There’s a concept in Good to Great: Why Some Companies Make the Leap…And Others Don’t by Jim Collins in which the author envisions the company as a bus, and the management team needs to get the right people in the right seats. Nowhere is this more important than in a rapidly growing company that is trying to change the tires on the bus while driving 100 miles per hour — this is especially true when trying to expand your company internationally.
Naturally, the first thing the leadership team needs to do is find the right people to bring along for the ride. In the first part of this series, I wrote about how to identify and implement the right technology in a scaling company. Technology is important, but you need the right people in place to make that technology work and support your rapid growth.
Often when a company is growing quickly the instinct is to hurry up and get bodies in the door — don’t let this be your downfall. Having the right team with you during pivotal points of growth is actually the most important factor to your success. When you are looking for new talent keep these five factors to keep in mind.
1. Make the time
“I don’t have time to interview and train people.” — If I only had a nickel for every time a manager has said that to me. I know you are busy and there are lots of things pulling you in different directions. News flash: it’s not going to get any better if you just keep doing things yourself.
One of my favorite things to say is “slow down to go faster,” which is applicable in many areas but hiring is one of them. You need to take the time to get the right people in the door and trained if you want your company to grow.
2. Hold on (for dear life) to your culture
You know who you are – you know what your company stands for, what your employees are like, and what it takes to get the job done in your organization. There are going to be many resumes of highly qualified candidates that pass across your desk, but not all of those people will fit your culture. I have worked with incredibly talented people that I simply would not bring into a specific company because I know they wouldn’t fit the culture – and that means it wouldn’t be a good fit for them or for the company.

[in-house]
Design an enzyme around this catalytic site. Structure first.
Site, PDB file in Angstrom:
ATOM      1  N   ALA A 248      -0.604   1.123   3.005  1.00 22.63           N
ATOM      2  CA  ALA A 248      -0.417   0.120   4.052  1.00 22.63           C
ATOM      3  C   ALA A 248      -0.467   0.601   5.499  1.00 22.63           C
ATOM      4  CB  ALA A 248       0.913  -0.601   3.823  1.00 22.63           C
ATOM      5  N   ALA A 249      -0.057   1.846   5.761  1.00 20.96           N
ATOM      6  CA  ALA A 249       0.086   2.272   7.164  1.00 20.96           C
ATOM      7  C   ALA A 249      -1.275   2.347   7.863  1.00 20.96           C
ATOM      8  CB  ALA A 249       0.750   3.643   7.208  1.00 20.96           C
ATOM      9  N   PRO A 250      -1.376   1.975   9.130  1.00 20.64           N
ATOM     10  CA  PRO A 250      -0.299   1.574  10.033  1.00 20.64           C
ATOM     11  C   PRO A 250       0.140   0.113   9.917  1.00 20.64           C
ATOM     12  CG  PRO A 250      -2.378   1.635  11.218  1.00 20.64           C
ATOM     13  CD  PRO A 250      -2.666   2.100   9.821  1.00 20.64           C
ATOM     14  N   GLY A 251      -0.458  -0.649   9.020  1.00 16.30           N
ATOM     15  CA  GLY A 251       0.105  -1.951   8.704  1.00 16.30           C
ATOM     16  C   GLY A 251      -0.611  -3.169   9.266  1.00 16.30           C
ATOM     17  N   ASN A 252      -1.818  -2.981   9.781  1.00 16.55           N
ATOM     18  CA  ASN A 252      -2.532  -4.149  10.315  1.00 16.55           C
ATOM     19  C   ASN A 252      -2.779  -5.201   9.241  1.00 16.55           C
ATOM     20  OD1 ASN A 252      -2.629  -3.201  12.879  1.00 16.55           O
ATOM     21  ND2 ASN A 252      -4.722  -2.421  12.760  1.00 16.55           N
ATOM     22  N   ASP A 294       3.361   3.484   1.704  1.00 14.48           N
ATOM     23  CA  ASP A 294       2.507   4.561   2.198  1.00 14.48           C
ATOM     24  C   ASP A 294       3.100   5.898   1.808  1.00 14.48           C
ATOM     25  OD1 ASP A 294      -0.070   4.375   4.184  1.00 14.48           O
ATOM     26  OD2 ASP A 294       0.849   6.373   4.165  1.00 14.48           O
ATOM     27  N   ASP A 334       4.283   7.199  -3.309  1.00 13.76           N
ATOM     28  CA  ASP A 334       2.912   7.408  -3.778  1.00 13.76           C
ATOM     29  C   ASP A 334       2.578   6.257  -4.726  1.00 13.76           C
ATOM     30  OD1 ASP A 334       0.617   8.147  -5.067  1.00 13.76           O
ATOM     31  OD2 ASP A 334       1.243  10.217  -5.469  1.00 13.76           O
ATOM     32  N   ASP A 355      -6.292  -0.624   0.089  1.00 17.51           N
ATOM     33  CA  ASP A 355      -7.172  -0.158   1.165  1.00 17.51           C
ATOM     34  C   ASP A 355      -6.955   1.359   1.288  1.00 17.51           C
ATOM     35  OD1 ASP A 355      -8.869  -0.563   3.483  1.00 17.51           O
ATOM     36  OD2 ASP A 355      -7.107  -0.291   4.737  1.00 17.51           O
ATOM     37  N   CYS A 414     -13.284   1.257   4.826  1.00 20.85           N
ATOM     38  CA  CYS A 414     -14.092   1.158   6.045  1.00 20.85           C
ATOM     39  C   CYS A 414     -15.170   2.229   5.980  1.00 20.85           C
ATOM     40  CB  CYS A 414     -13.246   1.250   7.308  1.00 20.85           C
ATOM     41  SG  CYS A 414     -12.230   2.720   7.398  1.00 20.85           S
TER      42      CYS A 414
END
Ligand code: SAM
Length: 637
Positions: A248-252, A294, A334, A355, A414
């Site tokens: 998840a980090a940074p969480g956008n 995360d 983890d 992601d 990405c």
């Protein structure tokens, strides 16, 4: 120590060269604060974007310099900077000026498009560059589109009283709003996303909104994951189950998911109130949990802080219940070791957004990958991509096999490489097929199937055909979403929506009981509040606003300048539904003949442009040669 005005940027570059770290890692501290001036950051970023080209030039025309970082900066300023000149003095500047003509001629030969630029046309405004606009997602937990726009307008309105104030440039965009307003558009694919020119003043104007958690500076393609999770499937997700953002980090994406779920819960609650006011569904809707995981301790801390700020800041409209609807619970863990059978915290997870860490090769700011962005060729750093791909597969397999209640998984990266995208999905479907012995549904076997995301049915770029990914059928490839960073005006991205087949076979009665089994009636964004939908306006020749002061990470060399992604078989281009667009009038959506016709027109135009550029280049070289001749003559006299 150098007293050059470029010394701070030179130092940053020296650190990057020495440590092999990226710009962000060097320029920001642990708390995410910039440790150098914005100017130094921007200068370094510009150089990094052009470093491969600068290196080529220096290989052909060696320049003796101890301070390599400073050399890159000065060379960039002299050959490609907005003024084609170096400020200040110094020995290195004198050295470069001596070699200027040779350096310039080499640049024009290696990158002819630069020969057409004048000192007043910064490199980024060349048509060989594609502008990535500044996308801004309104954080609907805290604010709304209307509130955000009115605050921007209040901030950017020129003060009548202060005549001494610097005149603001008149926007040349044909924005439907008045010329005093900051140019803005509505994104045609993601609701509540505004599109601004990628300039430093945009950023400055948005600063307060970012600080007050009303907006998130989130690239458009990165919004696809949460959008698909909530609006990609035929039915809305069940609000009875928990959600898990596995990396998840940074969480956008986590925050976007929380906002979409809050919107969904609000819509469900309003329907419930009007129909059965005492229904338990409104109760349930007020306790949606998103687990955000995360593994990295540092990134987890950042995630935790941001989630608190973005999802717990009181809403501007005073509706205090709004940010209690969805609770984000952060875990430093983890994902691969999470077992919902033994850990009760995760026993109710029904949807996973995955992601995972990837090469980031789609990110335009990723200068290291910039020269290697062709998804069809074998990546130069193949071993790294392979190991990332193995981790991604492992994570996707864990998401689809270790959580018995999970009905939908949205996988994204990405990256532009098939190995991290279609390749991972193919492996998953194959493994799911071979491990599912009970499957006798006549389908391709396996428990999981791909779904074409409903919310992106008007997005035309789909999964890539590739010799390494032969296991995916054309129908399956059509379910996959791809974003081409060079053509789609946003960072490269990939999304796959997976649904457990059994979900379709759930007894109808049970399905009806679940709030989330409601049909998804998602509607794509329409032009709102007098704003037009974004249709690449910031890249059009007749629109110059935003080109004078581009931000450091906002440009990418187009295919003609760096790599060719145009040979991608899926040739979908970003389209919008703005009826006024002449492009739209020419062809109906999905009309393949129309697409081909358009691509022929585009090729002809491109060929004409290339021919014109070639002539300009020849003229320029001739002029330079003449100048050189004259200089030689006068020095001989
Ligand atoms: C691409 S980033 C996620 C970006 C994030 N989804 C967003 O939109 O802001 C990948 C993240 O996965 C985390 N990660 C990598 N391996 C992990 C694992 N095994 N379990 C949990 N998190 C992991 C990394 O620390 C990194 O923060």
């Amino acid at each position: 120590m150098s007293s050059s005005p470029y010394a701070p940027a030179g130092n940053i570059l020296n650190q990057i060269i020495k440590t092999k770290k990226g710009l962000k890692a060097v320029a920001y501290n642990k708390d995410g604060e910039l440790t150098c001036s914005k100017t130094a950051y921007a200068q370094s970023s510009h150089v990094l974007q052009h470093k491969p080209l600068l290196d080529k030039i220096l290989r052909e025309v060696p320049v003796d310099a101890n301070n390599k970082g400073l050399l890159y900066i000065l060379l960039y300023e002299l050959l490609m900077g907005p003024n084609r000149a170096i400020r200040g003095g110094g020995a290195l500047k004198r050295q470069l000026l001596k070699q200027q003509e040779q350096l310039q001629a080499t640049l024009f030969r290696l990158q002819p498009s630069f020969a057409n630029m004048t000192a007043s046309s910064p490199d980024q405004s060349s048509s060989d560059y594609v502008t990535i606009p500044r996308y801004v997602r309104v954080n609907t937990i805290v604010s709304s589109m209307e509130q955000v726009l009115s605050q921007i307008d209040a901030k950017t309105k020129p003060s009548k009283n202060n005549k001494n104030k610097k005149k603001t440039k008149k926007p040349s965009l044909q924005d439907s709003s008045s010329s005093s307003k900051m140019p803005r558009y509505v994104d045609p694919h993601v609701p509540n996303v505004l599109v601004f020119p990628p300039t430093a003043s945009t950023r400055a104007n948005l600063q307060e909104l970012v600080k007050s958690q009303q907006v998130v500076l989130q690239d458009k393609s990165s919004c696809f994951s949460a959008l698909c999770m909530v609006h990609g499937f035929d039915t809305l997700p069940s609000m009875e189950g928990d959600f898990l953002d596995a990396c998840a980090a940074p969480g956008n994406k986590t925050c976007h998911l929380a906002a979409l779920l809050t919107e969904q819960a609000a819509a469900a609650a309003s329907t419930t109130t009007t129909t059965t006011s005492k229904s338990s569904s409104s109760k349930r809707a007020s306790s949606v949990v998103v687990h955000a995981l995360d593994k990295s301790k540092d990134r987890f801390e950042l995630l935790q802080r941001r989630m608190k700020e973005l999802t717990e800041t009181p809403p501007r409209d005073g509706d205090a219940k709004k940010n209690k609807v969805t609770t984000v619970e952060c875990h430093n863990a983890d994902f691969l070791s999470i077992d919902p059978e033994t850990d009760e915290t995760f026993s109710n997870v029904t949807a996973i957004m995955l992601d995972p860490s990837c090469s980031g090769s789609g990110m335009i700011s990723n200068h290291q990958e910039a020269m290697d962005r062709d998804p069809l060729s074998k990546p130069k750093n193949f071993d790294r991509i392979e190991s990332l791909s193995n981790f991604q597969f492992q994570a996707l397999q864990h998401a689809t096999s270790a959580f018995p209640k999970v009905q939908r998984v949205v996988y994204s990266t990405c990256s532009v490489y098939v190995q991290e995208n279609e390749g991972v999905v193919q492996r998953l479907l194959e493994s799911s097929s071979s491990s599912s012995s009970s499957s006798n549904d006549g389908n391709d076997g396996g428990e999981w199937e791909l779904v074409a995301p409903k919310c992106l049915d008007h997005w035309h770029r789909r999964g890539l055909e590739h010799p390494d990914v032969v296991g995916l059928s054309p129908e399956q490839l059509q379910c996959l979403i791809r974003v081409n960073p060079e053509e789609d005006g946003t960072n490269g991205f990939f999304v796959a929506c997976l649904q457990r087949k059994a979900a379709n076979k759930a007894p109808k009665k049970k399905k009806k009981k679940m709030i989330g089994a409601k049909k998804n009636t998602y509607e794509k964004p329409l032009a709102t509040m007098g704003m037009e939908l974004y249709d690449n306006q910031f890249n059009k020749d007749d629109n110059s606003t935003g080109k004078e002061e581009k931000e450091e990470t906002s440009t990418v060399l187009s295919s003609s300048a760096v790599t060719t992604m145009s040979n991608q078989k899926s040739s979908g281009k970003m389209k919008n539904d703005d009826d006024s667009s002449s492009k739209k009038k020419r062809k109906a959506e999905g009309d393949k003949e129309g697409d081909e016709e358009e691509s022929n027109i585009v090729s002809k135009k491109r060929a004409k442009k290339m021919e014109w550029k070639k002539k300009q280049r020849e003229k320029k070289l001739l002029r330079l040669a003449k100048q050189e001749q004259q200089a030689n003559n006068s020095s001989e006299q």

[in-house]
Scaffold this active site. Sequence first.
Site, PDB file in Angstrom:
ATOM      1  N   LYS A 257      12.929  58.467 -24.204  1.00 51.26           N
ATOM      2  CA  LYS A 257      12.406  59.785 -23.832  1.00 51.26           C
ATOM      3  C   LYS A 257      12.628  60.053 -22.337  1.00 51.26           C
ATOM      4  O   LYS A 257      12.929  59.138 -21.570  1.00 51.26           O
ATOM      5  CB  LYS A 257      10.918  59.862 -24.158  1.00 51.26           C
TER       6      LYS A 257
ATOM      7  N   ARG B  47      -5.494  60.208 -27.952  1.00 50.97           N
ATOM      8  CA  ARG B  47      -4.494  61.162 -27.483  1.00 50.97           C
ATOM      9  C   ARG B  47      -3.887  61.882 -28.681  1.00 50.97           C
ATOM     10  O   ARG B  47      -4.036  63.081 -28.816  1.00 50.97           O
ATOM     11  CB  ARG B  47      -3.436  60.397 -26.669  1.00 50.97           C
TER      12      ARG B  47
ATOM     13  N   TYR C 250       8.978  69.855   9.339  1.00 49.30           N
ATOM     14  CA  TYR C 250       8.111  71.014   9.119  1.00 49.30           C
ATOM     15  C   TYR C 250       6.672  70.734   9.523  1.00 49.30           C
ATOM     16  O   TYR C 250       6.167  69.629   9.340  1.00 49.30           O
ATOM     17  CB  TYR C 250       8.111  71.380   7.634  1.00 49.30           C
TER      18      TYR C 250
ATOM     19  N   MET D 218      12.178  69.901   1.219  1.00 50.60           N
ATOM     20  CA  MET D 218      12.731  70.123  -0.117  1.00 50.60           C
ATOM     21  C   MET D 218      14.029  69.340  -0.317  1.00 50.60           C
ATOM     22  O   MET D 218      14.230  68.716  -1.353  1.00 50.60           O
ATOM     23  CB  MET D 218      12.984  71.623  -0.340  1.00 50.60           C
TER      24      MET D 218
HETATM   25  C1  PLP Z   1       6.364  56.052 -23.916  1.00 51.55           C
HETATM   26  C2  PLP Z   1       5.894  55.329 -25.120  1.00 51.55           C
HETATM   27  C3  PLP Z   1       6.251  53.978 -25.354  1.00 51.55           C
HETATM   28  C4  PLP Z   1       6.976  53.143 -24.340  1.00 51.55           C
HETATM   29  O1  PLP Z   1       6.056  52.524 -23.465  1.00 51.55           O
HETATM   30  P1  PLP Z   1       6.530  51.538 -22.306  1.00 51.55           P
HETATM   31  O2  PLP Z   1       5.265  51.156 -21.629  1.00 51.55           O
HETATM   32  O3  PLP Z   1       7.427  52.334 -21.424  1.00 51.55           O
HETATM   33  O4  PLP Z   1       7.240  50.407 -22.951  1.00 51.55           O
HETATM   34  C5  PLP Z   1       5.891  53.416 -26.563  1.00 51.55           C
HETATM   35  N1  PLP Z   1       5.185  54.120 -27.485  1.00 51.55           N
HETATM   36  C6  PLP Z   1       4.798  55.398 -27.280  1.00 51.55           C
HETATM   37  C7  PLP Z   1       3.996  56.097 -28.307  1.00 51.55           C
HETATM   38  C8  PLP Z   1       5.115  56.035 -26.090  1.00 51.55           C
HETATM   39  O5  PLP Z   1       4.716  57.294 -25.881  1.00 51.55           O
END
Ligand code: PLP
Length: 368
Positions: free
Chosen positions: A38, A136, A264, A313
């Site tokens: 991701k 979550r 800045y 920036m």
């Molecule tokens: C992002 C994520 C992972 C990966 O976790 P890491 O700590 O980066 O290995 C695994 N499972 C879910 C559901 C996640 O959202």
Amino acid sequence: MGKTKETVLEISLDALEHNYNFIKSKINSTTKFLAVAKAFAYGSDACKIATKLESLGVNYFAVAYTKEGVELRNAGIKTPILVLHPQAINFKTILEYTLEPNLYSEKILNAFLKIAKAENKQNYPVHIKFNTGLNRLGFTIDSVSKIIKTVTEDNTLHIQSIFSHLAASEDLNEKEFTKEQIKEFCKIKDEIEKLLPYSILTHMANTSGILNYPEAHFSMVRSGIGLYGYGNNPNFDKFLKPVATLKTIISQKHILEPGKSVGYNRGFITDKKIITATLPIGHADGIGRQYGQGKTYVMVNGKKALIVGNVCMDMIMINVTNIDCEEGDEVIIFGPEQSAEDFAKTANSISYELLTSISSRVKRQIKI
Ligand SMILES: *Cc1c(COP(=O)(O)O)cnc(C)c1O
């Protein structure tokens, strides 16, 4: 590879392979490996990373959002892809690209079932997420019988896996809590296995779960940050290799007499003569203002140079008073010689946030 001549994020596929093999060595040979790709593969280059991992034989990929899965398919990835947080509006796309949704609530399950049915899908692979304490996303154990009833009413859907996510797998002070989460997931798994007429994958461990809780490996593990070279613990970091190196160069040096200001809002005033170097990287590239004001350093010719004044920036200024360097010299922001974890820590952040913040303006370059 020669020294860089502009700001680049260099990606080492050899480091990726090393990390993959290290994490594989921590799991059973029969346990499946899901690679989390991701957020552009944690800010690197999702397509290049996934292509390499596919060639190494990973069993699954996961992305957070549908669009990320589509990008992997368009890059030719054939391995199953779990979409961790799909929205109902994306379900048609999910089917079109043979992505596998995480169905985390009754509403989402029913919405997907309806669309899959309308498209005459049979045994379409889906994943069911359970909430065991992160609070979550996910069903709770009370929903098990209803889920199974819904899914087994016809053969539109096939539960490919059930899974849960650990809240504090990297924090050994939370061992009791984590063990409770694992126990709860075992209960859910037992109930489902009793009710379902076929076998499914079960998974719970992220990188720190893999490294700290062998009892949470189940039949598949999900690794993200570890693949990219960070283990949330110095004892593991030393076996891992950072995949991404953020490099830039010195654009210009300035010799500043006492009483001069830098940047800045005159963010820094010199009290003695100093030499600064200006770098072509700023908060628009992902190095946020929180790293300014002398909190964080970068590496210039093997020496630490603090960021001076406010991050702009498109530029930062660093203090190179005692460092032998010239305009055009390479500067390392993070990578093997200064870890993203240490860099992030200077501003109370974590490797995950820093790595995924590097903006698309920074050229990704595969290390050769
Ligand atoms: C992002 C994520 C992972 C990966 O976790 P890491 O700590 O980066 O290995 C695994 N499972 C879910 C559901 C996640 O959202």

The worst thing you can do to your amazing company is hurry up and just get people in the door, when in your gut you know they are not the right fit. I have seen this phenomenon time and again during my career, and I can tell you from experience this approach will actually slow you down. You and your team will spend a lot of energy trying to get this person to be a better fit, and in many cases, it does not work. You are left with an administrative mess on your hands, AND you’re still not getting the work done. Do yourself and your team a favor and wait for the right person – it is always worth the wait.
3. Get yourself some utility players
Let’s move from the worst thing you can do to the best thing you can do when hiring in rapidly growing companies. Get yourself some utility players. What does that mean? In baseball, a utility player is defined as someone who can competently play several positions on the field. These are the people who can wear many hats, and fill multiple roles (at once or over time).
When your company is starting out, it is crucial to have people like this on your staff to fill multiple roles that will evolve in ways you cannot predict. These team members will give you flexibility as you grow, and it gives them the ability to grow in different ways for their own professional development.
Perhaps your existing team already knows some of these people from previous jobs — that makes it nice and easy. If you are sorting through resumes this can be a more difficult thing to identify. Look for candidates who have a history of jumping in to get the job done in a variety of disciplines. That could be in jobs over the course of a 10-year career, or in course projects, internships, and extra-curricular activities for a recent college grad. Utility players can — and should — be from all experience levels to give your company the best opportunity for success.